The test may also recommend reducing reducing unused JavaScript. Do you have plugins that you could lose?

3. An easier alternative – simplify the site

Sometimes developers trying to make the most eye catching site end up with a slow, code loaded site. Developers call this ‘code bloat’.

Now don’t get me wrong – design is important, very important. It’s what we stand for at Jam after all!

But performance can’t be secondary to good looks.

And you can have both – simplicity does not mean poor design.

Look at this image from

Reduced content and a single call to action.

Remember users are time scarce!

How to simply your mobile site?

  1. Compress your images. Images take a roughly 63% of your site’s weight. There are various plug-ins to compress your images, like the above mentioned Smush
  2. Add code to only show certain sections on mobile. It’s important here to not use code that simply hides the content as it will still take the time to load regardless. See the section below for a guide on this.
  3. Don’t use custom fonts
  4. Use a plugin to ‘minify’ your code. Essentially, minifying your code takes out everything that’s redundant and unnecessary. Simply put it makes sure your site is only using the code it needs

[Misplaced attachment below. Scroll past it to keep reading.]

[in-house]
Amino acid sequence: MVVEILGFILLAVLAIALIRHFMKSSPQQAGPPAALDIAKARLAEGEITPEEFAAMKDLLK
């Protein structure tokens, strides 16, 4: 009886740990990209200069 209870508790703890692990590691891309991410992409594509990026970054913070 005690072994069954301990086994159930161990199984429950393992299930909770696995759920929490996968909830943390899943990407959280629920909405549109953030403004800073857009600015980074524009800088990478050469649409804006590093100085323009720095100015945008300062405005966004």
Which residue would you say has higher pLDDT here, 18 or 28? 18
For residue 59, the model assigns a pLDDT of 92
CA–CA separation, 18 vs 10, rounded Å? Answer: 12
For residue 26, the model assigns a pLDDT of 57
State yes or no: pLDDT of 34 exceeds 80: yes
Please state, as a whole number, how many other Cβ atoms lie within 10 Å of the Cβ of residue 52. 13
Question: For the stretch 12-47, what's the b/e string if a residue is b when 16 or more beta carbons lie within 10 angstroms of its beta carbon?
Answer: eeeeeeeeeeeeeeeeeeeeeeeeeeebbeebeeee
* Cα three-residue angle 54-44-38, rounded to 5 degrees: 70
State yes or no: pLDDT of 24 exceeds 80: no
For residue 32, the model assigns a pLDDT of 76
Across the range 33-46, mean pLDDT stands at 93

5. Cut down on redirects

Finally, check out this Google article on mobile speed – it shows how important speed is to Google. They say “If speed thrills, friction kills.”

Code to reduce sections shown

Re the point 2 above, below is example code.

In the php page file log the div class name (e.g. ‘container2’)

Add the following to the css file:
.container2 {
display: none;

@media all and (min-width: 768px){
.container2 {
display: block;

The above code means below 768px view the div class code for ‘container2’ won’t show.

NB: Although hiding this code removes from view on the front end, the server still has to load first then hide so page speed is not totally saved.

That’s it from me for now – feel free to add a comment or question and I will reply back. Thanks.

Good luck! 🙂

Matthew Brown
Matthew Brown
Matthew has 20 years director level experience in digital marketing and website development (working at a number of ecommerce businesses including Scholastic, Dada, McAfee and The Open University). Matthew founded Jam in 2000 in parallel to his digital marketing career but over time has moved to 100% focus on building the Jam business and a team of highly qualified digital experts.